A 10 percent surge over six weeks swept Japan's Nikkei stock index above the 20,000-point barrier for the first time since late 2015 on Friday, without dispelling doubts about the rally's shelf life given the outlook for automakers, banks and the yen.
A 10 percent surge over six weeks swept Japan’s Nikkei stock index above the 20,000-point barrier for the first time since late 2015 on Friday, without dispelling doubts about the rally’s shelf life given the outlook for automakers, banks and the yen. Data shows foreign investors, who make up 70 percent of trading activity in the Tokyo market, rushed to cover short positions as a rally from the year’s low on April 17 gathered momentum.
But the data also shows foreigners avoided making heavy bullish bets, probably because analysts expect Japan Inc.’s earnings growth to falter. The number of companies on the MSCI Japan index with earnings estimates down from the previous month has climbed steadily since mid-April and is now at its highest since December, according to Thomson Reuters DataStream.
After 16 percent profit growth in the year ended in March, Japanese firms are expected to show slower growth in the year ending March 2018. According to Nomura, consensus forecasts for full year profit growth came down to 11.4 percent in May from 13.3 percent in April.
“The conservative earnings guidance has tempered sentiment towards Japanese stocks in the near term,” said Jeremy Osborne, investment director at FIL Investments in Tokyo. Notching a third straight week of exits, U.S.-based Japanese stock funds posted $194 million of withdrawals during the week ended Wednesday, according to Lipper data.
REASONS TO BE CAREFUL
Investors’ biggest concerns are the potential for the yen to strengthen, undermining Japan’s export driven corporates, and the murky outlook for the two biggest sectors in the benchmark index – automakers and financials. “The problem is a big chunks of the market are exporters, and the biggest export sector is autos, and the outlook for the auto sector globally has turned down,” said John Doyle, chief investment officer for equities and multi-asset at UOB Asset Management in Singapore.
“And the low interest rates that are persistent in Japan are not good for financials,” Doyle added, explaining why he is neutral on Japanese stocks in the group’s global portfolio. New vehicle sales in the United States, Japan’s top export destination, fell in April following disappointing numbers in March, signalling a long boom cycle may be losing steam.
Carmakers Toyota and Nissan, for instance, have both underperformed the Nikkei’s 5.6 percent gain this year, posting losses of 11 percent and 6.6 percent respectively. So have the biggest banks including Mitsubishi UFJ, which has only gained 0.2 percent and Sumitomo Mitsui, which has fallen 6.6 percent respectively.
The yen’s attraction as a safe-haven currency – it has risen 4.5 percent against the dollar this year – is another big cloud hanging over Japanese exporters. U.S. political turmoil, elections in Europe, and regional tensions arising from North Korea’s missile tests have all given an unwanted boost to the yen.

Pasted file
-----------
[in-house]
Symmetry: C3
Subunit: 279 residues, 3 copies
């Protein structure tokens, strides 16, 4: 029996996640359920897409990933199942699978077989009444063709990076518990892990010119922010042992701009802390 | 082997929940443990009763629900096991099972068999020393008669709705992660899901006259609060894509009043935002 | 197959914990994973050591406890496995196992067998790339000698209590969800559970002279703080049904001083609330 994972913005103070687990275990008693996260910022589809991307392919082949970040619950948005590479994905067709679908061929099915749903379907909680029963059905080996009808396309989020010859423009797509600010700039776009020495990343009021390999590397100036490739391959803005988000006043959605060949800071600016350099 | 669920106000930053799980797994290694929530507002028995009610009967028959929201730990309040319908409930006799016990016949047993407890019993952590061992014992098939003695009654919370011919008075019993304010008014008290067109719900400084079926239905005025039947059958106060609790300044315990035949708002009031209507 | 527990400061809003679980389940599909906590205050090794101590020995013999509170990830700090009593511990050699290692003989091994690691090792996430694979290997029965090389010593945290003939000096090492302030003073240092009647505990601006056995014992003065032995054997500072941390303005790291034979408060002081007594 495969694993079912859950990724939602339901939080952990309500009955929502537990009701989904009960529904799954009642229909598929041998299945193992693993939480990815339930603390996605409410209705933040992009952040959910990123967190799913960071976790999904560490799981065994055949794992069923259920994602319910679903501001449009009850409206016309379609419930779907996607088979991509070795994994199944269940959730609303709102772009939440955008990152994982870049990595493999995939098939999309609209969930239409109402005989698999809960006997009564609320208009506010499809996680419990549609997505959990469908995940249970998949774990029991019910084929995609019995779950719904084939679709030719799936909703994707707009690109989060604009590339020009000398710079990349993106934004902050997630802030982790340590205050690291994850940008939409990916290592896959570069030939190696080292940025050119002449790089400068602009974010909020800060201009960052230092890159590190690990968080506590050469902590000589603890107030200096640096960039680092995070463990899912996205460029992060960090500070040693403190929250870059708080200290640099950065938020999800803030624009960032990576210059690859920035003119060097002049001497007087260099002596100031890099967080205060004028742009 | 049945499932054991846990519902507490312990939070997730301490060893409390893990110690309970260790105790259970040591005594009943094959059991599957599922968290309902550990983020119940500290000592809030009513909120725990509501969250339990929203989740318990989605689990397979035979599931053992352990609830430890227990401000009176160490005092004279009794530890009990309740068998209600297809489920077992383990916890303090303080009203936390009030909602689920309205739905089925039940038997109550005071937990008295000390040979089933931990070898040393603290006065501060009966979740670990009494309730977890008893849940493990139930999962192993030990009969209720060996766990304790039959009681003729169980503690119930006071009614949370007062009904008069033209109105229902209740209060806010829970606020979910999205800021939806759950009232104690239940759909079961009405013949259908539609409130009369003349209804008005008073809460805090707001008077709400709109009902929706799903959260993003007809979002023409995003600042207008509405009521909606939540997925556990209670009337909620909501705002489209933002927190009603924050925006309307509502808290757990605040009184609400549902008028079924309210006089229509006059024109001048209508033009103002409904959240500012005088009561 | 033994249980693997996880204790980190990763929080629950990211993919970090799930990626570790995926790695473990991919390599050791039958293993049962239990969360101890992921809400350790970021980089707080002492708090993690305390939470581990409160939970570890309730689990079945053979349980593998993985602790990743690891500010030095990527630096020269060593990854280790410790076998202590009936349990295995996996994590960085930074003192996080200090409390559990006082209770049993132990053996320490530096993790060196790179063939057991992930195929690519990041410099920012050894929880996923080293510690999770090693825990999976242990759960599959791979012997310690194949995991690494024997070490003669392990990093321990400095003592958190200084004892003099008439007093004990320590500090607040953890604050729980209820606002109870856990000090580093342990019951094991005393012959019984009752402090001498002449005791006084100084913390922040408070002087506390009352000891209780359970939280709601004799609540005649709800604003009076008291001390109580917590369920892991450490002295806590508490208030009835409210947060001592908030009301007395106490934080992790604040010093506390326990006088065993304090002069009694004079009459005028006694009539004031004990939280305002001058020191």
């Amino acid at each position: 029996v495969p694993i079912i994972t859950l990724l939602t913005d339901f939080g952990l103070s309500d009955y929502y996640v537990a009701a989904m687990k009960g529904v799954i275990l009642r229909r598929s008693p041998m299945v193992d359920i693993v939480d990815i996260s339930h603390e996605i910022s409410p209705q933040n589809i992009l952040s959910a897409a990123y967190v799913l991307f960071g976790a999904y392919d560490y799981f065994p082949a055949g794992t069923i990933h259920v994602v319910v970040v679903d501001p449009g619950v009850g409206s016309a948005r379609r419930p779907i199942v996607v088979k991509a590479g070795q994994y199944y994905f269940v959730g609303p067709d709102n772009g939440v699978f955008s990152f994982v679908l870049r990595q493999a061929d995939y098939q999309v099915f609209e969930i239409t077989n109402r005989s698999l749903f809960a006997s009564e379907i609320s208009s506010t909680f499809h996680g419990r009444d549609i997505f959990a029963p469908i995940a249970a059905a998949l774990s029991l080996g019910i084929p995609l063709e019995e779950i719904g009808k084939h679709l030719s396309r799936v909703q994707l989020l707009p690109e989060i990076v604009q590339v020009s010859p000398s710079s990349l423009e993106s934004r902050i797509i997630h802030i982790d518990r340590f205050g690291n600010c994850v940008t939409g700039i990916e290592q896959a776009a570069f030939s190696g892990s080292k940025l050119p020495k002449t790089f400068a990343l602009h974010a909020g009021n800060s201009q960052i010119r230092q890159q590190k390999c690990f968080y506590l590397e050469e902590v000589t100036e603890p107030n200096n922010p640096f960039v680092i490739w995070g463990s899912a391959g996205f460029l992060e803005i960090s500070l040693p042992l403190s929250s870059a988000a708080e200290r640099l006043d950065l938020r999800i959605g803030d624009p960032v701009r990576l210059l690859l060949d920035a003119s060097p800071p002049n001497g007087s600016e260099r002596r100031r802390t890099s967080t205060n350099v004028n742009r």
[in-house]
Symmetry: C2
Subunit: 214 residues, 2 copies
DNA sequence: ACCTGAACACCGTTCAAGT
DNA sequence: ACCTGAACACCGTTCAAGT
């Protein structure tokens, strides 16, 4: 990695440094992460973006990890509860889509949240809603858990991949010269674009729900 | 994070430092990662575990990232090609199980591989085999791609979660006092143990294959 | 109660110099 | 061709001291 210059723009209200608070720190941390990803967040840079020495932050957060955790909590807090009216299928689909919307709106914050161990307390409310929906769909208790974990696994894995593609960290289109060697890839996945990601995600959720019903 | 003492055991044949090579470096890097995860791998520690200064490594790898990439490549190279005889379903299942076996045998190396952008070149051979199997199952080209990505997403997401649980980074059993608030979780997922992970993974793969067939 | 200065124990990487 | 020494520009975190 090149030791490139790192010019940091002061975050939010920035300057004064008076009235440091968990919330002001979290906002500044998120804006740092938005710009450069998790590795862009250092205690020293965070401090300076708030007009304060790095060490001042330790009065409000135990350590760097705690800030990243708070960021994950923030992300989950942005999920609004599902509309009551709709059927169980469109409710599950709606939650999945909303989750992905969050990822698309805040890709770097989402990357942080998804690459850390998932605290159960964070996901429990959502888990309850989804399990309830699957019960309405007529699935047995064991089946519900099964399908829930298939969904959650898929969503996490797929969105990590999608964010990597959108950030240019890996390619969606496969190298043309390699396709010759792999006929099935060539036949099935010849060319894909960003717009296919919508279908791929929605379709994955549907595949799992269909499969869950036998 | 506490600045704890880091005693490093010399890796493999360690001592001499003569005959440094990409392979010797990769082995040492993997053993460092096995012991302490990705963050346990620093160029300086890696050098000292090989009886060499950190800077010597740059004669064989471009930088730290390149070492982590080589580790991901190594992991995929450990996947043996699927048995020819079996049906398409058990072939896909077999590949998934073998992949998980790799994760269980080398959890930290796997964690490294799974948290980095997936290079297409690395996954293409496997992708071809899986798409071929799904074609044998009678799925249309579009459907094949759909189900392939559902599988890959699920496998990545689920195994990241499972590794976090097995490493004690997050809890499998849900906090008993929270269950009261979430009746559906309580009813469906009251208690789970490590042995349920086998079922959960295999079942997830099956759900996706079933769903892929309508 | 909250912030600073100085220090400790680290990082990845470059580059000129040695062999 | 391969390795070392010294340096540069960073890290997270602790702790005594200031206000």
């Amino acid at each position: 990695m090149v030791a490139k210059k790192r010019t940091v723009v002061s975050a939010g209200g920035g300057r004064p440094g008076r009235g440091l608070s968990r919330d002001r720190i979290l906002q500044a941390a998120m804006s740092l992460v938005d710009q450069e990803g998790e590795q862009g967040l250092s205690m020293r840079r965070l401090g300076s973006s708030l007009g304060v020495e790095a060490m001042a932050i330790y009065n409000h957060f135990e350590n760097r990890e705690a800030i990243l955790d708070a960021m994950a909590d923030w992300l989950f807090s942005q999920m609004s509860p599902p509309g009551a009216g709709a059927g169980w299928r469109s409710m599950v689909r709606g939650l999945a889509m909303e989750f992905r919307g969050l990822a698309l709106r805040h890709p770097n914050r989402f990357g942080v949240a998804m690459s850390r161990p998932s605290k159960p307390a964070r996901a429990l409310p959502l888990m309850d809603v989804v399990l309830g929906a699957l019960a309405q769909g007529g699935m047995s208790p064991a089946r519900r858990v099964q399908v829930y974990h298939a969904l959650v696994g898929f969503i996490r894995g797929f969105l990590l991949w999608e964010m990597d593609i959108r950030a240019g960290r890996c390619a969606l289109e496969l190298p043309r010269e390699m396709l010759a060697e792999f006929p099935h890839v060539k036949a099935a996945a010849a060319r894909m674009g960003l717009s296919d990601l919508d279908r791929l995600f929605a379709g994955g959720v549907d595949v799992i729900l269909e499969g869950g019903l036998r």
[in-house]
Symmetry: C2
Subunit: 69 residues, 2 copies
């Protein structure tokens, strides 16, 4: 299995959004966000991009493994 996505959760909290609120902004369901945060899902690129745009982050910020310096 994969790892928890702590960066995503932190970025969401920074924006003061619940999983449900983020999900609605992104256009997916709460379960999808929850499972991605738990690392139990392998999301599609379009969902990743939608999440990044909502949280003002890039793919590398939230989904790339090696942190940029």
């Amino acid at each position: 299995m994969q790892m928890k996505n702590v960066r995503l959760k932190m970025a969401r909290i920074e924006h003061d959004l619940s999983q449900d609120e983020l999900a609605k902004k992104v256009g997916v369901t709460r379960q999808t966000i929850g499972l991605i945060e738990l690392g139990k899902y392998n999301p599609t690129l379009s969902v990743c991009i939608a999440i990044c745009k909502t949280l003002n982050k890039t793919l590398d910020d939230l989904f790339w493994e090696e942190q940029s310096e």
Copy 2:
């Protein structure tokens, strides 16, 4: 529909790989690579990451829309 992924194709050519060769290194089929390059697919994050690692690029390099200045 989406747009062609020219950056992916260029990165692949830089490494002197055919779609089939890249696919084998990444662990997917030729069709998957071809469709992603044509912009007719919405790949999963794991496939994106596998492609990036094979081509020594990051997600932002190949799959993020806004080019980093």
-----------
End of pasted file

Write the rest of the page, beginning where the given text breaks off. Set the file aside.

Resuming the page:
Christian Nolting, global chief investment officer at Deutsche Bank Wealth Management, cited the currency factor as the main reason behind his neutral weighting on Japanese equities.
P/E RATIOS TURNING
For all their reservations, investors still clearly have an appetite for cherry picking. Tokyo Electron Ltd has jumped nearly 50 percent this year after bright results on the back of strong chip manufacturing equipment demand, while factory automation sensor maker Keyence Corp has soared 26 percent.
The Nikkei, however, is trading at about 15.7 times earnings, compared with 18.7 in 2015 when it lingered above 20,000 points for a few months, DataStream shows. While that makes the index significantly cheaper than the S&P 500’s at 22.5 times earnings, investors remain hesitant.
The weaker sentiment is evident in Toyota and Nissan shares, which are trading around 10 times and 6.4 times their earnings, respectively.
In just three weeks between the last week of April and the second week of May, Japanese shares saw 1.5 trillion yen of inflows from foreign investors in futures on the back of a strong earnings season and receding political fears after the French election.
But they had sold 1.6 trillion yen in futures in the previous seven weeks, so short-covering seems to have run its course, analysts said. Investors have also returned to selling futures in the past two weeks.
“Investors are cherry-picking individual stocks… But they just finished short-covering in futures, and they probably won’t buy soon unless the yen weakens,” said Norihiro Fujito, a senior investment strategist at Mitsubishi UFJ Morgan Stanley Securities.
“And when foreign investors don’t buy futures, the Nikkei won’t rise much.”